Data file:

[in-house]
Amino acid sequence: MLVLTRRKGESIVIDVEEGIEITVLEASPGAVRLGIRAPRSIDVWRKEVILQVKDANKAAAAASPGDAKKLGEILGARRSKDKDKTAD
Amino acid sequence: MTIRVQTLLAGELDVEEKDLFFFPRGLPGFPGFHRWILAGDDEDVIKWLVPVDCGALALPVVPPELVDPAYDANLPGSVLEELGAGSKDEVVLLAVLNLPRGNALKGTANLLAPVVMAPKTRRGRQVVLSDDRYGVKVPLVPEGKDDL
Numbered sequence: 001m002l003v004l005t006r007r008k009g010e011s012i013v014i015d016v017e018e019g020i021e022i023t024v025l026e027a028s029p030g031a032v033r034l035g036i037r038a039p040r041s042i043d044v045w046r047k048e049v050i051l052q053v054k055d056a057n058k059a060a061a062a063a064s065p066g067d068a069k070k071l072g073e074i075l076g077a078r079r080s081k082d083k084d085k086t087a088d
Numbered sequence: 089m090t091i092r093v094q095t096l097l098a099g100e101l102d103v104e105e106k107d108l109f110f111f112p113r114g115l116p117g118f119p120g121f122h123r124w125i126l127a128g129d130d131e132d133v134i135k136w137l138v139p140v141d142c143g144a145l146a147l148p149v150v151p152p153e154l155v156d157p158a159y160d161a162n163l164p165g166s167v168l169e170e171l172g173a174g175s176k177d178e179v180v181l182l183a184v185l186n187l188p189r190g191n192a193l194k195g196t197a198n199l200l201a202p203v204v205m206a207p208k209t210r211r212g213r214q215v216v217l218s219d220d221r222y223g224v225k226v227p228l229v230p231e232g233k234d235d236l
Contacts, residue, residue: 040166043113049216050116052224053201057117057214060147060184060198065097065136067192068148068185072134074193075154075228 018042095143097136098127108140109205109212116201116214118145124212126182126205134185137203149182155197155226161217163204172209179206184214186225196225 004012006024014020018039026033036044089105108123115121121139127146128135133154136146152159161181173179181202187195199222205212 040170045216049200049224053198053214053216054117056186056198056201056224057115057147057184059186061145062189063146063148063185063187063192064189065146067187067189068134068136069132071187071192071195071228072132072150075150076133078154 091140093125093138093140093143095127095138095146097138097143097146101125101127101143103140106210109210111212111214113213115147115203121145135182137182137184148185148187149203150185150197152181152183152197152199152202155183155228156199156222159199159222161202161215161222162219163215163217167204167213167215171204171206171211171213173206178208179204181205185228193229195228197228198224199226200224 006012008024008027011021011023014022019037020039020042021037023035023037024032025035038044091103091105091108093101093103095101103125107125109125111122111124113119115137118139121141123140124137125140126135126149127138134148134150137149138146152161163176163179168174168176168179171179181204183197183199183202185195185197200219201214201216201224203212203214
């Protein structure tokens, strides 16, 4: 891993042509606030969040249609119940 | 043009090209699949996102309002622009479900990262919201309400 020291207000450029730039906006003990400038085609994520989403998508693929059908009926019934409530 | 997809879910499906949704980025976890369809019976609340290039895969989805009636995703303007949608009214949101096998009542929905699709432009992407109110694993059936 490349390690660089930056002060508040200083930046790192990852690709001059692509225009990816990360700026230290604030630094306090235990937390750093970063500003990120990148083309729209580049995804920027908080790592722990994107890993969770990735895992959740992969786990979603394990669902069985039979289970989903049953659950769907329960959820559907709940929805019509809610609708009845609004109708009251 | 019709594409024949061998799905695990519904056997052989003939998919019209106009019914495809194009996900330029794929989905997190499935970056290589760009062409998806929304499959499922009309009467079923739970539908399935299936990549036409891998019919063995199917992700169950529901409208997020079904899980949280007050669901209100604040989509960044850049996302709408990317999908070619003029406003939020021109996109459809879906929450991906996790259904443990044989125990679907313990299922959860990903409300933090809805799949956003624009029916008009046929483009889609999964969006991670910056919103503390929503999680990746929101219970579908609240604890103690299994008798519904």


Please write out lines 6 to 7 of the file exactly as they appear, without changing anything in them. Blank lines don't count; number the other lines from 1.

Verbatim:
Contacts, residue, residue: 040166043113049216050116052224053201057117057214060147060184060198065097065136067192068148068185072134074193075154075228 018042095143097136098127108140109205109212116201116214118145124212126182126205134185137203149182155197155226161217163204172209179206184214186225196225 004012006024014020018039026033036044089105108123115121121139127146128135133154136146152159161181173179181202187195199222205212 040170045216049200049224053198053214053216054117056186056198056201056224057115057147057184059186061145062189063146063148063185063187063192064189065146067187067189068134068136069132071187071192071195071228072132072150075150076133078154 091140093125093138093140093143095127095138095146097138097143097146101125101127101143103140106210109210111212111214113213115147115203121145135182137182137184148185148187149203150185150197152181152183152197152199152202155183155228156199156222159199159222161202161215161222162219163215163217167204167213167215171204171206171211171213173206178208179204181205185228193229195228197228198224199226200224 006012008024008027011021011023014022019037020039020042021037023035023037024032025035038044091103091105091108093101093103095101103125107125109125111122111124113119115137118139121141123140124137125140126135126149127138134148134150137149138146152161163176163179168174168176168179171179181204183197183199183202185195185197200219201214201216201224203212203214
């Protein structure tokens, strides 16, 4: 891993042509606030969040249609119940 | 043009090209699949996102309002622009479900990262919201309400 020291207000450029730039906006003990400038085609994520989403998508693929059908009926019934409530 | 997809879910499906949704980025976890369809019976609340290039895969989805009636995703303007949608009214949101096998009542929905699709432009992407109110694993059936 490349390690660089930056002060508040200083930046790192990852690709001059692509225009990816990360700026230290604030630094306090235990937390750093970063500003990120990148083309729209580049995804920027908080790592722990994107890993969770990735895992959740992969786990979603394990669902069985039979289970989903049953659950769907329960959820559907709940929805019509809610609708009845609004109708009251 | 019709594409024949061998799905695990519904056997052989003939998919019209106009019914495809194009996900330029794929989905997190499935970056290589760009062409998806929304499959499922009309009467079923739970539908399935299936990549036409891998019919063995199917992700169950529901409208997020079904899980949280007050669901209100604040989509960044850049996302709408990317999908070619003029406003939020021109996109459809879906929450991906996790259904443990044989125990679907313990299922959860990903409300933090809805799949956003624009029916008009046929483009889609999964969006991670910056919103503390929503999680990746929101219970579908609240604890103690299994008798519904």